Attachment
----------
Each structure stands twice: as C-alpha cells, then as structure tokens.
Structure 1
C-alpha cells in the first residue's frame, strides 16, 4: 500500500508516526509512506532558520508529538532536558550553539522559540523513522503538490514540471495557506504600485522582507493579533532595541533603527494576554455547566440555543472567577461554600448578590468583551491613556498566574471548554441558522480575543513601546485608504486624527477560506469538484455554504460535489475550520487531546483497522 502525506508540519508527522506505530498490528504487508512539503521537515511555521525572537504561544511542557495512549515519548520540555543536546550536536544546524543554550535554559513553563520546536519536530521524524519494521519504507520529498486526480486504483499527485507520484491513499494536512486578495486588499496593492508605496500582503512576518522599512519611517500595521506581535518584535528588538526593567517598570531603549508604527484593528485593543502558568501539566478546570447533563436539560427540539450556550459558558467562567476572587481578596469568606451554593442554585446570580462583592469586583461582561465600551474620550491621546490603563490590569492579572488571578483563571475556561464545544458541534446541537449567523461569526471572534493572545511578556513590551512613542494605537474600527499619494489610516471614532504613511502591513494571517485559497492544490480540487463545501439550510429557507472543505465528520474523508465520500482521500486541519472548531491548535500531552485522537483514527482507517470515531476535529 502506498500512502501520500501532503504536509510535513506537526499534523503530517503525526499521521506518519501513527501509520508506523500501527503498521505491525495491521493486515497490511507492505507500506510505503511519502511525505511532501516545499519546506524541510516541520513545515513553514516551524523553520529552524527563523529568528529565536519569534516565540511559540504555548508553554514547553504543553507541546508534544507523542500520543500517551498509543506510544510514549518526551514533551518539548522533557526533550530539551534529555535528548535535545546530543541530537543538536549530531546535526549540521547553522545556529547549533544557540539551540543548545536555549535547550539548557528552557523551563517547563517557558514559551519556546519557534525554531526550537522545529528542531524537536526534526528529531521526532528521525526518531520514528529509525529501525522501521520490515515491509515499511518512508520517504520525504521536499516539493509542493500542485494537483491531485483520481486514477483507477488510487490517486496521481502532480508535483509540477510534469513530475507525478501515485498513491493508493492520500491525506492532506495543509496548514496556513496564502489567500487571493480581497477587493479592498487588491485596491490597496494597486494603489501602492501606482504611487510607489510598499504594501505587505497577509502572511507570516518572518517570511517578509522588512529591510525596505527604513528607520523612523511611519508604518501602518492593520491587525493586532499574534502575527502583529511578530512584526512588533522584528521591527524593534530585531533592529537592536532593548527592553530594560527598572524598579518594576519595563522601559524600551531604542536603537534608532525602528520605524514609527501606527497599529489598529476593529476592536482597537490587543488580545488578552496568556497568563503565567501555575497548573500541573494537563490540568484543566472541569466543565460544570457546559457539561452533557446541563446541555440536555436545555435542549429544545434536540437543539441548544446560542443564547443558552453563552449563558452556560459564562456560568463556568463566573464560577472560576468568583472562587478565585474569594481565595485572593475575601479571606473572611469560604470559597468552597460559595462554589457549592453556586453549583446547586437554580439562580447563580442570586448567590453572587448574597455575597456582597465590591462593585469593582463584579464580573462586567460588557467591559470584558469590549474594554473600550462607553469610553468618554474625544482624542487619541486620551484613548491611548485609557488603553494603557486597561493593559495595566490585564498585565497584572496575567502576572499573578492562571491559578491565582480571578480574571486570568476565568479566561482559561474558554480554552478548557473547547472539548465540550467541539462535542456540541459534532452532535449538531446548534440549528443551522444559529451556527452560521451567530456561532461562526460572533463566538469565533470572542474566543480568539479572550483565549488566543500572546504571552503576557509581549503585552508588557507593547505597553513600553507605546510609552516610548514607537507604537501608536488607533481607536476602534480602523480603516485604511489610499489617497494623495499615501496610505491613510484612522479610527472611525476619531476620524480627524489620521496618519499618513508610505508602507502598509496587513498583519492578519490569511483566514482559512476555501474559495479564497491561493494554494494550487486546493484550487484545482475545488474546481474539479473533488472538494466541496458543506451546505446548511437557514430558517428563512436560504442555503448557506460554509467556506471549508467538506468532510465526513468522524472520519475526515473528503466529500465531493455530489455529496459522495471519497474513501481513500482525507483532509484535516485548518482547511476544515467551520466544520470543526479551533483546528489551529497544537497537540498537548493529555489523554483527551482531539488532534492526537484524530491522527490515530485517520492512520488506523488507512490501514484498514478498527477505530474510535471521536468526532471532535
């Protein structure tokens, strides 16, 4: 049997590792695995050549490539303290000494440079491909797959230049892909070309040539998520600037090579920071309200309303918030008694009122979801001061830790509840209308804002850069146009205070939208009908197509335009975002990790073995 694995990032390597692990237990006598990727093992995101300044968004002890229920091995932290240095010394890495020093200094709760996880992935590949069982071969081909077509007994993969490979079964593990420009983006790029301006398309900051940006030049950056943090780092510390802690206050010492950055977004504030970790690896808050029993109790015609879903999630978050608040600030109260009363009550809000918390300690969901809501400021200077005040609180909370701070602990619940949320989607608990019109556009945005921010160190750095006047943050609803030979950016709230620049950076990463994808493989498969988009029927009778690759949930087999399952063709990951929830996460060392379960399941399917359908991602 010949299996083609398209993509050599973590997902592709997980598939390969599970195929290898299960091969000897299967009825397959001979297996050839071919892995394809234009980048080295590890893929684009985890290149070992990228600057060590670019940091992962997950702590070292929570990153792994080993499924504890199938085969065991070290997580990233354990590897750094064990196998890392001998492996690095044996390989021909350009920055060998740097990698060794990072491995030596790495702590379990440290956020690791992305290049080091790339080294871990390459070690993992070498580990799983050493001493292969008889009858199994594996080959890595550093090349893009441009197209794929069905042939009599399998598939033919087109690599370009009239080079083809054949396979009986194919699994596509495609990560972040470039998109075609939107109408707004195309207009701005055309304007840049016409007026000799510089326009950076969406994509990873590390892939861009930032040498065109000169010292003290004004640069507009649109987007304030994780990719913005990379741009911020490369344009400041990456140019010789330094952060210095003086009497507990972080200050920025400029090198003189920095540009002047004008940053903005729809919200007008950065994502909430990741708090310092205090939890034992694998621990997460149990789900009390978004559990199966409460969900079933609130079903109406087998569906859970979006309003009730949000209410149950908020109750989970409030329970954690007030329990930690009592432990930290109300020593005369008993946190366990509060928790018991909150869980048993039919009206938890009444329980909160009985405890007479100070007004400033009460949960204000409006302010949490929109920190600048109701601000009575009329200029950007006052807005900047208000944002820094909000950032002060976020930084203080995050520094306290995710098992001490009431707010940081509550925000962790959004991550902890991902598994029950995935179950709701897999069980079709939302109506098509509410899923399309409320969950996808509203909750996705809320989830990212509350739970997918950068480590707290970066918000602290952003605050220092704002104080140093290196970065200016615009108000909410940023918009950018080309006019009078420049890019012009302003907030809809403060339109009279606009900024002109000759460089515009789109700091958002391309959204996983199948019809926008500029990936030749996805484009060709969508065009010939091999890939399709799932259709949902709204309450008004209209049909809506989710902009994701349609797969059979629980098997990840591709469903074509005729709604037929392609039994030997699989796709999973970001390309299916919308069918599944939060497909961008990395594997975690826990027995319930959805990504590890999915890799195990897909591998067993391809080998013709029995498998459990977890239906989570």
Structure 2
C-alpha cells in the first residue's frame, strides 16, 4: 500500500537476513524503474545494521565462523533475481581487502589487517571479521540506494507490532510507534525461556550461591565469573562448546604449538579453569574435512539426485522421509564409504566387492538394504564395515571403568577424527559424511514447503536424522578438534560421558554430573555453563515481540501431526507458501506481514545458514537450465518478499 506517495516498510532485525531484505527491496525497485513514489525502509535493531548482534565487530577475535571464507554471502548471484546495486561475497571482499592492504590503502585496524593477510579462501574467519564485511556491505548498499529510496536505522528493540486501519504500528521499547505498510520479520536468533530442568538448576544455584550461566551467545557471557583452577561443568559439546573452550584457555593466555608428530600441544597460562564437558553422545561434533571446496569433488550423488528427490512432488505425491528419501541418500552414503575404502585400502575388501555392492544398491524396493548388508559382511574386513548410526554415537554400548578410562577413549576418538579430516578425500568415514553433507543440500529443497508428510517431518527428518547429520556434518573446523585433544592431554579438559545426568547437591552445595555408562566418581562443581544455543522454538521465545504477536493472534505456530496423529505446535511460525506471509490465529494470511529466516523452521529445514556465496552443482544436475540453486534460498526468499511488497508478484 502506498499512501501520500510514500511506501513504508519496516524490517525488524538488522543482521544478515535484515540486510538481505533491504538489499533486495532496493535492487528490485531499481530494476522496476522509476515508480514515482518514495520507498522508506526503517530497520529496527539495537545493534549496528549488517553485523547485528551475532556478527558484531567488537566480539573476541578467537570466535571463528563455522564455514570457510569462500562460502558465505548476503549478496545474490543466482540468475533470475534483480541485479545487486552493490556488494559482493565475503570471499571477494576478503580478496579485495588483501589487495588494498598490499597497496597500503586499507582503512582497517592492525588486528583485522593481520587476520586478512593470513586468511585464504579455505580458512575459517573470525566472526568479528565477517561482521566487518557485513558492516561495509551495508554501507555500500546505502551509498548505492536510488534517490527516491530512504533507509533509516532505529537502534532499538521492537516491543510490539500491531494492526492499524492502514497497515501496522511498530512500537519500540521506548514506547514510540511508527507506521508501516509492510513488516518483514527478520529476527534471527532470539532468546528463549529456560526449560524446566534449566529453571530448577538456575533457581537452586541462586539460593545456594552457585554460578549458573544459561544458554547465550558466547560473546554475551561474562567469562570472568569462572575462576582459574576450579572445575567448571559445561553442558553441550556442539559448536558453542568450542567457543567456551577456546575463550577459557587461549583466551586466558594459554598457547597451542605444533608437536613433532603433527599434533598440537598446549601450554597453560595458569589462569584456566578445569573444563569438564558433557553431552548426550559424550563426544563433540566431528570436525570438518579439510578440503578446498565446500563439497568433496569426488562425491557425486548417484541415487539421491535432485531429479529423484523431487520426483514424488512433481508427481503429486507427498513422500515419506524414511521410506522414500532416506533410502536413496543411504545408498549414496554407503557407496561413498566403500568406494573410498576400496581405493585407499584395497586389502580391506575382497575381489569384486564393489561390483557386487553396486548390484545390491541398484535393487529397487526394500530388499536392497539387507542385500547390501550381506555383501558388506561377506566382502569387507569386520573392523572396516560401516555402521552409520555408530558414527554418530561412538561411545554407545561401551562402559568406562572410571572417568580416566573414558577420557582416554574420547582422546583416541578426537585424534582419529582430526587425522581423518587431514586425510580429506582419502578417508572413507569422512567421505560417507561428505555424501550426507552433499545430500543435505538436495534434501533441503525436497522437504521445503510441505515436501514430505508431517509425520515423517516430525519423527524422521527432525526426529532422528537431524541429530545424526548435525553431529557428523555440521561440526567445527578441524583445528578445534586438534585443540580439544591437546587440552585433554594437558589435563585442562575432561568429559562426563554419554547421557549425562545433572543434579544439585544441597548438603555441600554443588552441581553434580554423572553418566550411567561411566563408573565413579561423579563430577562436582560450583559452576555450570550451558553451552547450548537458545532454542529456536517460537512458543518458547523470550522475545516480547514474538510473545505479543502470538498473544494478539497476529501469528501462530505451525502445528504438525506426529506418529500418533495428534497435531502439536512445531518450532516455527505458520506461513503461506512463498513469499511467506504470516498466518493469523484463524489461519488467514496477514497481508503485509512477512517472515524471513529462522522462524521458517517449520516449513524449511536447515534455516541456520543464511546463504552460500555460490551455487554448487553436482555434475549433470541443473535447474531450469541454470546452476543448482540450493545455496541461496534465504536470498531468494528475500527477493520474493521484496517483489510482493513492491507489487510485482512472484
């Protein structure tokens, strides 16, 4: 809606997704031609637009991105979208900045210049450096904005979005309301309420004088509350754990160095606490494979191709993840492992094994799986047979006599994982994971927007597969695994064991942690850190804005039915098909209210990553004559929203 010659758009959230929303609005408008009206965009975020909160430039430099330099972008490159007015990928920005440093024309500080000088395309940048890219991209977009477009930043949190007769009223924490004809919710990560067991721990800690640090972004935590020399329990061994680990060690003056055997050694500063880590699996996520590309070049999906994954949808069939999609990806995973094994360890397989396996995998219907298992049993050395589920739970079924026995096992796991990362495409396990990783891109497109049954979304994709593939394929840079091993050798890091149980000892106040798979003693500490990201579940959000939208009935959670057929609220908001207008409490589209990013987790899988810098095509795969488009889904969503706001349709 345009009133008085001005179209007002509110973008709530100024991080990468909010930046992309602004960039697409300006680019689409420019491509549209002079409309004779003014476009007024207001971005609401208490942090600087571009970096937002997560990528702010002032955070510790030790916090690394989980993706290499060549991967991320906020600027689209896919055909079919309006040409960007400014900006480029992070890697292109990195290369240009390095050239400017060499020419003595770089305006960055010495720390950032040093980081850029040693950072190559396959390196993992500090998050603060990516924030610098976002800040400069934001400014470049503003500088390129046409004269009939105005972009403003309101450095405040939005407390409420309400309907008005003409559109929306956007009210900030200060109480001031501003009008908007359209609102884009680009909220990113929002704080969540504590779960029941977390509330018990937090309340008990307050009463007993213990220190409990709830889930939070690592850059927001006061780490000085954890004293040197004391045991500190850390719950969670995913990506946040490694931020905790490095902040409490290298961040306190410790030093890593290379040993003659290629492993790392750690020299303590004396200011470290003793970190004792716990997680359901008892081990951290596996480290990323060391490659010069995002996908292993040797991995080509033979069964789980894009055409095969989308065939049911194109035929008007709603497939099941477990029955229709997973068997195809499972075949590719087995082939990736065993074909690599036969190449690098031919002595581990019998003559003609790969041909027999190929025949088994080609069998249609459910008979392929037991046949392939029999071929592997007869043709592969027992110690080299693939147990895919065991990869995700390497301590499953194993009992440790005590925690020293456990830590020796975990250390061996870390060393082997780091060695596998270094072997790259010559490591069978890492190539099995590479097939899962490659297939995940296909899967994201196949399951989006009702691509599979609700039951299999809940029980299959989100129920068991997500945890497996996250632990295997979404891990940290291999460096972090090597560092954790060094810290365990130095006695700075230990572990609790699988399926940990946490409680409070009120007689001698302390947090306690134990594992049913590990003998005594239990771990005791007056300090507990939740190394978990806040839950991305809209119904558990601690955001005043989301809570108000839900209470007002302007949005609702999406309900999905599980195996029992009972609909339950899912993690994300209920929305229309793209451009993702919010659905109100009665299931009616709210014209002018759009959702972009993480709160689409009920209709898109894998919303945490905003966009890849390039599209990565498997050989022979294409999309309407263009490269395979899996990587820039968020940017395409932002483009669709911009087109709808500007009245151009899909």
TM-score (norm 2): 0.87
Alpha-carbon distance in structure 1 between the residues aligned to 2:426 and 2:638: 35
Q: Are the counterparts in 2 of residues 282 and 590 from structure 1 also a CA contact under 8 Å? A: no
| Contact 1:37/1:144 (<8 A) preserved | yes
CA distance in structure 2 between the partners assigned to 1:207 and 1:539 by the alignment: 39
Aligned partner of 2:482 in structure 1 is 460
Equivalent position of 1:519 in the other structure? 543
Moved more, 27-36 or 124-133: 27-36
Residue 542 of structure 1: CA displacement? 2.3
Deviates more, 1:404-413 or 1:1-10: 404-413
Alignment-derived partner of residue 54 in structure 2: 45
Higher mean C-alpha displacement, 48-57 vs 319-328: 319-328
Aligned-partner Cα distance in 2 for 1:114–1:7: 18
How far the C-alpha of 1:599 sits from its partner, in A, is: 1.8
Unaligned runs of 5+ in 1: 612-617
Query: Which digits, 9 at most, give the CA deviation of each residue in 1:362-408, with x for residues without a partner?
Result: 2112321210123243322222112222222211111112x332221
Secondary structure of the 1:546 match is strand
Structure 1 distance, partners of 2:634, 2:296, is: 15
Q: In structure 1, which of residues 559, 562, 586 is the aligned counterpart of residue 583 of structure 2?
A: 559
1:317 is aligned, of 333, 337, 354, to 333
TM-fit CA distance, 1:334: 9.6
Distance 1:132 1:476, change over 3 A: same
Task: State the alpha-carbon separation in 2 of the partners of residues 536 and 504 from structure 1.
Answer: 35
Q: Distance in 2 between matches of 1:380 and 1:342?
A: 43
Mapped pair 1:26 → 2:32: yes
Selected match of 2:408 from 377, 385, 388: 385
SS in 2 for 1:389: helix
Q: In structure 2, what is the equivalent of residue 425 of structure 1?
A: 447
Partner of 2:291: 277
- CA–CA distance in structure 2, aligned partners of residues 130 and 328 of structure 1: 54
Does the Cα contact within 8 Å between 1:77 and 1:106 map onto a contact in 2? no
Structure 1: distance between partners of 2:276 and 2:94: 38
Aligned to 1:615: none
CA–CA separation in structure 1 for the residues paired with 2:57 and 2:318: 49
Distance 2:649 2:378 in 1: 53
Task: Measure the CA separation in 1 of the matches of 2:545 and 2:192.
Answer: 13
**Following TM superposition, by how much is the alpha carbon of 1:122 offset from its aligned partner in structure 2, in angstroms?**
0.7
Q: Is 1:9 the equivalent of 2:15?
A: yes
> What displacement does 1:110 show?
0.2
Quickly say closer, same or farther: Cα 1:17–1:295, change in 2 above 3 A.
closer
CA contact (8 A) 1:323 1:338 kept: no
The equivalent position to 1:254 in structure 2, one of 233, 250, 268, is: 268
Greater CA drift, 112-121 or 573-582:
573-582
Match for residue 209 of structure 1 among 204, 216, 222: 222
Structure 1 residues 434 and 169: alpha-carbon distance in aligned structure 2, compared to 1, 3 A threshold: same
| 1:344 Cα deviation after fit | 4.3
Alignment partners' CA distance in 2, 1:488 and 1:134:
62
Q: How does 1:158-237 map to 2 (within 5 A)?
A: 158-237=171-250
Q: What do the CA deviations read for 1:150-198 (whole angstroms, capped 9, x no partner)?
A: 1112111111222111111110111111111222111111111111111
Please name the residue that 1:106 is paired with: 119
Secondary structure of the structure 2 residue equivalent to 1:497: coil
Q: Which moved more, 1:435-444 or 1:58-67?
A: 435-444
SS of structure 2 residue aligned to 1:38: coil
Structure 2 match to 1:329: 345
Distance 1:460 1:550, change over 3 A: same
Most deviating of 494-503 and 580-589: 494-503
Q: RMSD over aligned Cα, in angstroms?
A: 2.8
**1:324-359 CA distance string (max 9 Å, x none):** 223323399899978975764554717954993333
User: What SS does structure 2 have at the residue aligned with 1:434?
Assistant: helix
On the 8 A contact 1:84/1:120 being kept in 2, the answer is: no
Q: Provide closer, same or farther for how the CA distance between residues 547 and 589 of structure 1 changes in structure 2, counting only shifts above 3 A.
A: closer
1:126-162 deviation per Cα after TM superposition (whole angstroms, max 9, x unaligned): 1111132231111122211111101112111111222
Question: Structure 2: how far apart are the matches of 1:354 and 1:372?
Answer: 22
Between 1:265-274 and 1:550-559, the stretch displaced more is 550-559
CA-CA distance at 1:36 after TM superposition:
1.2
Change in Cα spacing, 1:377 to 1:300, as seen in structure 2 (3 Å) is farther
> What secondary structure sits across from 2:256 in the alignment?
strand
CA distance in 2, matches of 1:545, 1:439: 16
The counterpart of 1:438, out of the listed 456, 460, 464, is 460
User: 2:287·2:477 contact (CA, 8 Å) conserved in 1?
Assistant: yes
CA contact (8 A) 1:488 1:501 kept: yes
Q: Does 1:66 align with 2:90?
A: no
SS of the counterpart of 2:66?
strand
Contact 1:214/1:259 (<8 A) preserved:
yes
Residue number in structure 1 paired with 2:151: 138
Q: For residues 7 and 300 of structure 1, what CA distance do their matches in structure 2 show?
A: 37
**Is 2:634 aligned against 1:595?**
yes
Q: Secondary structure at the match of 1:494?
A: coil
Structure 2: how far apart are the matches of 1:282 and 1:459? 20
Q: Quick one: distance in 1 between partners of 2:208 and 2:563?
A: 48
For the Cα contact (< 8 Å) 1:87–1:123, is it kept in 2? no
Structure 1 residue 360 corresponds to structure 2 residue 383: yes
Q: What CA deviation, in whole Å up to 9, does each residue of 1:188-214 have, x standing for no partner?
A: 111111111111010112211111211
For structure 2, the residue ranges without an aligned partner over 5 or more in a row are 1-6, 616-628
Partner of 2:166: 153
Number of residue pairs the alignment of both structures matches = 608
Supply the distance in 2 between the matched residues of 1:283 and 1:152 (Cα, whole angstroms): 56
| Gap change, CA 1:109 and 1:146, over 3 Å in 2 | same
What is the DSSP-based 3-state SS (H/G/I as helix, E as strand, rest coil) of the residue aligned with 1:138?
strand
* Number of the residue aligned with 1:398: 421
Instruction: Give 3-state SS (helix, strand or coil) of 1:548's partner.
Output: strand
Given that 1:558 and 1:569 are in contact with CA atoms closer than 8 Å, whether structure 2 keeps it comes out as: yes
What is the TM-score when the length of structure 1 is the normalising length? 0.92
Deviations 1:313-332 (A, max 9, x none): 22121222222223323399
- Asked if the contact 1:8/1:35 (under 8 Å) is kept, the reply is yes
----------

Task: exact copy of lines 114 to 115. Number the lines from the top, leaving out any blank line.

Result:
Structure 2: how far apart are the matches of 1:282 and 1:459? 20
Q: Quick one: distance in 1 between partners of 2:208 and 2:563?